The Importance of avoiding assumptions when reading the Bible and of noting its exact wording now emerges. It is deducible that Manasseh was the king of Judah for sixty-four years: it is stated in 2Chron.33.1. that "he reigned fifty and five years In Jerusalem". Both statements are correct; so for nine years he must have been away from Jerusalem. In the same chapter at vv.10-12 is to be found the answer; he was a captive in Babylon, so was not then reigning In Jerusalem.
The key to the settling of chronology is the Sabbatic/Jubilee system; this in turn is founded on the authority of the infallible word of Holy Scripture as amplified by history and tradition in so far as they are compatible with it. Chronologers In general have tried to make the statements in the Bible fit the supposed findings from other sources, and so remain in uncertainty. The concern of these observations is to reverse that process and thus reach a higher level of assurance.
It can now be confirmed
that the 18th Jubilee began in Tishri of 513 BCE, Josiah's 17th year:
that the vision of Ezekiel in 464 was at the 19th Jubilee:
that a 35th year ended with Zedekiah's 10th year in Adar 477, when the ten Sabbatic cycles of the Desolations began:
that the 1st year of Darius the Mede was 428, two years before that of Cyrus:
that the 7th year of Cambyses was 415 BCE, the year of the 20th Jubilee:
that seven years later, in 408, the desolations ended in the 6th year of Darius Hystaspis, when began the 62 Weeks of Daniel which terminated In 27 AD, the 29th Jubilee.
It is not intended to ignore the valuable aid of Ptolemy's Regal Canon just because of a defect in a single place. In fact it appears to be entirely accurate from the accession of Codomannus onwards. Being based on the regularity of eclipses it was tested by none other than Isaac Newton, a student of Bible prophecy himself; and he satisfied himself that, sure enough, in the 31st year of Darius Hystaspis there was an eclipse in 490 BCE. But If Ptolemy had placed it in 436, and some chronologists think he should have done, Newton would have found an eclipse there also. That is so because eclipses recur close to the same point of observation after an interval of years and one month. If Ptolemy had slipped up by including two such additional periods, as obviously he has done, Darius's 31st year would be that of the eclipse occurring in 382. Thus his 6th year was 25 years earlier ending during 407, and so is In conformity with the 408 in which it began as has already been ascertained. This rectifies a longstanding problem in chronology.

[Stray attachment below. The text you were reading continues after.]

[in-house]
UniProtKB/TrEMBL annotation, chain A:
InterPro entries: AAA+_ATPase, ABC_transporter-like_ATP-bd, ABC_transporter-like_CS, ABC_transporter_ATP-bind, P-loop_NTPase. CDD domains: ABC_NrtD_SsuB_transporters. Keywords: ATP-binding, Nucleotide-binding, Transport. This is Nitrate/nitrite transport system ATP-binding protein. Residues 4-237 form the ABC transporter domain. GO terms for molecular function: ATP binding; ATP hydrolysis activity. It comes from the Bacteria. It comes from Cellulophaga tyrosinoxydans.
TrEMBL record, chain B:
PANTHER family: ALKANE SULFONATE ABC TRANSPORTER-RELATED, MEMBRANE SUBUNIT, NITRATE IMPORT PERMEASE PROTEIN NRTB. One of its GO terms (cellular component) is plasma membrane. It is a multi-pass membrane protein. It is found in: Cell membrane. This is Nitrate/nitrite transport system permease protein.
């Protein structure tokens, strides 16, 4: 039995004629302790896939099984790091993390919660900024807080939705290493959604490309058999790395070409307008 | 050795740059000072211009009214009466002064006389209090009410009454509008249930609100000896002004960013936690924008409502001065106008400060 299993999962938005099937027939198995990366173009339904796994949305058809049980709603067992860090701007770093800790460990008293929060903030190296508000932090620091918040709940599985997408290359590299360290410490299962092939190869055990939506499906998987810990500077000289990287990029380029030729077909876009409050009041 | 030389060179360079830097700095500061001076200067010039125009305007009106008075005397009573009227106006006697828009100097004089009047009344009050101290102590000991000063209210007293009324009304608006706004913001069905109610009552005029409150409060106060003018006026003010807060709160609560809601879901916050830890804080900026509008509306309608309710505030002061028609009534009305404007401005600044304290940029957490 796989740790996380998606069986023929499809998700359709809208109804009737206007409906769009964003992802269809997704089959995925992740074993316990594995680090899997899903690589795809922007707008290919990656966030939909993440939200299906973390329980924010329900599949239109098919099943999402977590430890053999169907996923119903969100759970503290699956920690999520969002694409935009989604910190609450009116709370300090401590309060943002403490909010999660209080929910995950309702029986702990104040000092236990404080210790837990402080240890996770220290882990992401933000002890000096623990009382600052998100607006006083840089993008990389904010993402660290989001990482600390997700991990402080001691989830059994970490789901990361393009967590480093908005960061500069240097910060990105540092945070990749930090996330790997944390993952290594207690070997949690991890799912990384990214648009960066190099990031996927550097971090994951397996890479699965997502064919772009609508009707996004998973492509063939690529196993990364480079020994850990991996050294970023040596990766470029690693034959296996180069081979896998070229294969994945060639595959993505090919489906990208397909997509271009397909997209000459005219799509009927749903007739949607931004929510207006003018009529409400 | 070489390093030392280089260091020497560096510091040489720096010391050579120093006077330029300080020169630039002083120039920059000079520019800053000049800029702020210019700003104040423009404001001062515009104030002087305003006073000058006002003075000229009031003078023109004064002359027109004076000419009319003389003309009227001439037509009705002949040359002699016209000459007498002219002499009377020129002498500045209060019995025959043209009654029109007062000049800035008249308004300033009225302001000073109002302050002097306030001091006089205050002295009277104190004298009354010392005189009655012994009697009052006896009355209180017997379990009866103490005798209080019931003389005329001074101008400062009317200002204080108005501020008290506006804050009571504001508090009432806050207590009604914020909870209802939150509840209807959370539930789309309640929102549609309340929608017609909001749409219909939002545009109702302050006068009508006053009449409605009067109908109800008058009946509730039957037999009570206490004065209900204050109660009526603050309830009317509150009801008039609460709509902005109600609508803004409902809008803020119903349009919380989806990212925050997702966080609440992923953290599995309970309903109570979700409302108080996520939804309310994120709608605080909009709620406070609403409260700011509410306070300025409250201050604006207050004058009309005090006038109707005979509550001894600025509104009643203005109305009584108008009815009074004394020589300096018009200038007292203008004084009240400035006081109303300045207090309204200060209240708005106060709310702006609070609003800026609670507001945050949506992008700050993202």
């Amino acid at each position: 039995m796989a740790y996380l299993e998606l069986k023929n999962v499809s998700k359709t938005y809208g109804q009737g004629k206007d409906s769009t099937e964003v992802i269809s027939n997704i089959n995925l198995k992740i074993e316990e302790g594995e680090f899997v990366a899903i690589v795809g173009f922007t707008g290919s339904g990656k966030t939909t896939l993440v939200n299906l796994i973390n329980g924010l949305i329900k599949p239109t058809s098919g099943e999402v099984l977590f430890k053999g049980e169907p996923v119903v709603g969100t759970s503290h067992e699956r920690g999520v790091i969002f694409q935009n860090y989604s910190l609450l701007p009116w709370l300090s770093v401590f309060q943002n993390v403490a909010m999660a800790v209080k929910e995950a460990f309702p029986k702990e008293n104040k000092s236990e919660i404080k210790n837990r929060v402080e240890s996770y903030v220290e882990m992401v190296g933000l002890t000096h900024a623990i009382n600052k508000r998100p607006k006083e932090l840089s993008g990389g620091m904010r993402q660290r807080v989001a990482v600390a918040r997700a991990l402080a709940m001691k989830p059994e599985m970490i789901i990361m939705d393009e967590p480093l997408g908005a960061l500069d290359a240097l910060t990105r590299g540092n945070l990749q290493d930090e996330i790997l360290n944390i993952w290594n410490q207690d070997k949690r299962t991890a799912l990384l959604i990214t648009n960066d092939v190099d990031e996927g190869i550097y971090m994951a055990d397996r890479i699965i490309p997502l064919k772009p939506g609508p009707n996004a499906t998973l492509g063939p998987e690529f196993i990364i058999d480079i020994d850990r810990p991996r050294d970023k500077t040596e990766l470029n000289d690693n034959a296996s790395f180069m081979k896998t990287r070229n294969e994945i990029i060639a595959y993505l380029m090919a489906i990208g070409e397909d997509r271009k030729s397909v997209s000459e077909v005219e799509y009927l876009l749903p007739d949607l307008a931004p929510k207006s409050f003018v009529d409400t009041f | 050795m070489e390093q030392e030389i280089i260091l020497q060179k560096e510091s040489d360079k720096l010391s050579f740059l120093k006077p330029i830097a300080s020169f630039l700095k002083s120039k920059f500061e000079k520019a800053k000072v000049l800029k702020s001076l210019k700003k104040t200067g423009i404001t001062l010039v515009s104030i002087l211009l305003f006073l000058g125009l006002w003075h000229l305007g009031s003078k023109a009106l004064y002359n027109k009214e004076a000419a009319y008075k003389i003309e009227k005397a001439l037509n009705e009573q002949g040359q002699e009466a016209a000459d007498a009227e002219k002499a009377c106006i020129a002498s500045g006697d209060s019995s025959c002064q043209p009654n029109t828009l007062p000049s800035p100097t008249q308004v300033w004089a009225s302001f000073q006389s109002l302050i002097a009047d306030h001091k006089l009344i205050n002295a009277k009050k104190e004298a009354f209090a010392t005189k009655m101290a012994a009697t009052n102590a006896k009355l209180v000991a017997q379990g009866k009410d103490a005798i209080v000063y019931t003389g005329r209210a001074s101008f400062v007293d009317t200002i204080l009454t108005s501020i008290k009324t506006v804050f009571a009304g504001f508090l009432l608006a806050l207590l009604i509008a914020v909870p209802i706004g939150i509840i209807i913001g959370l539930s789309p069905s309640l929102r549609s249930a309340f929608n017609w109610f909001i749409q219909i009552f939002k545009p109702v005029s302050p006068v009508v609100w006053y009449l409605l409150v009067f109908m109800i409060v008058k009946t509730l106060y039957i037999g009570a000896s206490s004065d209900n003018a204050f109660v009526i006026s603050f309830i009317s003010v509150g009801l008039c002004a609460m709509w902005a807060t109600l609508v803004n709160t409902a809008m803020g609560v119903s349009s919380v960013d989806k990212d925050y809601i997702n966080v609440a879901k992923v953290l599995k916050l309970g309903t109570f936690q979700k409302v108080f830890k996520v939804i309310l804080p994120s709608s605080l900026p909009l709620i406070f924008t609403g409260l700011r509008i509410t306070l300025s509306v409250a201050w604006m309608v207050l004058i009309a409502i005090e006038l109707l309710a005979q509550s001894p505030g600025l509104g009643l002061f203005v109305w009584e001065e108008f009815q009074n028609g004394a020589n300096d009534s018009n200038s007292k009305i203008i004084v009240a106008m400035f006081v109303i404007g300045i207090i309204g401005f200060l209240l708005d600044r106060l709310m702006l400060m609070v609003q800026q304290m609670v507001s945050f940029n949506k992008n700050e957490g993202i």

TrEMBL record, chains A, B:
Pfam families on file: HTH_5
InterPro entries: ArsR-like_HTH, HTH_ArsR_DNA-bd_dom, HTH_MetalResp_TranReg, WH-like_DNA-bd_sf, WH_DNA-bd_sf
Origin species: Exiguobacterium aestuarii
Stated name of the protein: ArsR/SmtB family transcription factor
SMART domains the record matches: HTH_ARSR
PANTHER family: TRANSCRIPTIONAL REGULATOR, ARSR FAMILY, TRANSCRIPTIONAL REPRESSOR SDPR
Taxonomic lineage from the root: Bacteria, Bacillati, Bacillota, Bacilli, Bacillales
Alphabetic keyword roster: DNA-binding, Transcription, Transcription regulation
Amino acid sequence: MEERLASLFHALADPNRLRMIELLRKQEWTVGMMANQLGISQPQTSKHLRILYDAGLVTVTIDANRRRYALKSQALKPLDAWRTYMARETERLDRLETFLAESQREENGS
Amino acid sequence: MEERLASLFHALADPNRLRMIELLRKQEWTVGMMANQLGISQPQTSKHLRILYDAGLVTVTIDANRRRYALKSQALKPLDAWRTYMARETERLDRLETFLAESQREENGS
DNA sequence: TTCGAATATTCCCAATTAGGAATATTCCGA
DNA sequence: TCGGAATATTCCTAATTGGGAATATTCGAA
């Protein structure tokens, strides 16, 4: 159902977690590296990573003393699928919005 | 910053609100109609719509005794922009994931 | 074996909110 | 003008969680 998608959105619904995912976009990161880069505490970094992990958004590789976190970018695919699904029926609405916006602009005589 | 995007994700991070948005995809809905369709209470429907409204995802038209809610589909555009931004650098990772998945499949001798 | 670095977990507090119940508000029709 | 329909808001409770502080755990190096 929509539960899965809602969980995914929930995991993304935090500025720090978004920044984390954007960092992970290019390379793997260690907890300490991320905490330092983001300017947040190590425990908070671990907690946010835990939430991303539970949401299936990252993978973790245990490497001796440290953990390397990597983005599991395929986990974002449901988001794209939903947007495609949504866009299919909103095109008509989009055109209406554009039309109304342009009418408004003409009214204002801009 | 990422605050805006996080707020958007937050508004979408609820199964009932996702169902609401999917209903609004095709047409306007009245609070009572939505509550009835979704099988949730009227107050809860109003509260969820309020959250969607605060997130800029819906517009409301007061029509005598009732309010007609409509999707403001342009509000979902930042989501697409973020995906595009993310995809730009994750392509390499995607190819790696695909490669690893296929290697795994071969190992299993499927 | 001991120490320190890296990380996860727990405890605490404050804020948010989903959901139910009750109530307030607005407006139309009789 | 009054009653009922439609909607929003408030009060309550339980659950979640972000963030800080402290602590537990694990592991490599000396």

Isaac Newton in his "Chronology of Ancient Kingdoms amended" comments, "all the Jews (a pity he does not identify them) condense the Persian Empire to Artaxerxes Longimanus and Nothus - - taking - - Nothus for Codomannus". This Indicates that the link between the 36th year of Darius Hystaspis in 378 and the 1st year of Codomannus in 336 was the 41 years of Longimanus, who began his reign in the name of Xerxes, perhaps, and only later was known as Artaxerxes.
The erroneous 109 years found in the Canon was made up of Xerxes (21), Nothus (19), Ochus (21), Mnemon (46) and Arogus (2). The latter four may be contemporary kings reigning simultaneously.
The last Persian king, Darius Codomannus, reigned until 332 BCE when he was conquered by Alexander the Great. The petition of Jaddua, the high priest, regarding the Sabbatic year was not "historically doubtful", as is alleged on p.37 - the reference being Ant.xi.8/5. A Shemittah did occur from the Spring of 331 to Spring of 330, being the 35th year of the 22nd Jubilee series.
The treatise on p.47 states, "This date of 150(Se1.Era) as a Sabbatical year has given much trouble to chronlogists" - hardly surprising when they treat data so loosely. Neither Maccabees nor Josephus say the 150th year was a Shemittah; but they do both say that Antiochus died in 149, which must have been prior to September 163 BCE. It is neither an assumption nor an expedient, but a fact, that the year began with Nisan; and from that month of 163, midway through 149 Sel., a Shemittah was in being until Adah of 162. It was the 7th year of the 26th Jubilee series.
Not only is the alleged discontinuity of the septennial system an error. it is clear from all the evidence that records were kept at all times whether or not observed. So when Daniel's seven septads[heptads. gtm] and sixty-two septads[heptads. gtm] were prophesied it was possible for such Jews so minded to recognise the time to look for that "anointed one" - and he was not a high priest - in 27 AD, as alluded to above. A group of Jews were doing just that, and they affirmed among themselves - "we have found him of whom Moses in the law, and the prophets, wrote - - " John 1.45.
None of the subject matter considered herein has been other than what was available in 1857 to Dr.Zuckermann; or is inaccessible now to the reader disposed to verify what is presented. The only opinion embodied in these observations is that the Holy Scriptures are the supreme and infallible authority to which all other sources of information are to be subservient.
Maurice Lloyd Glasgow 1998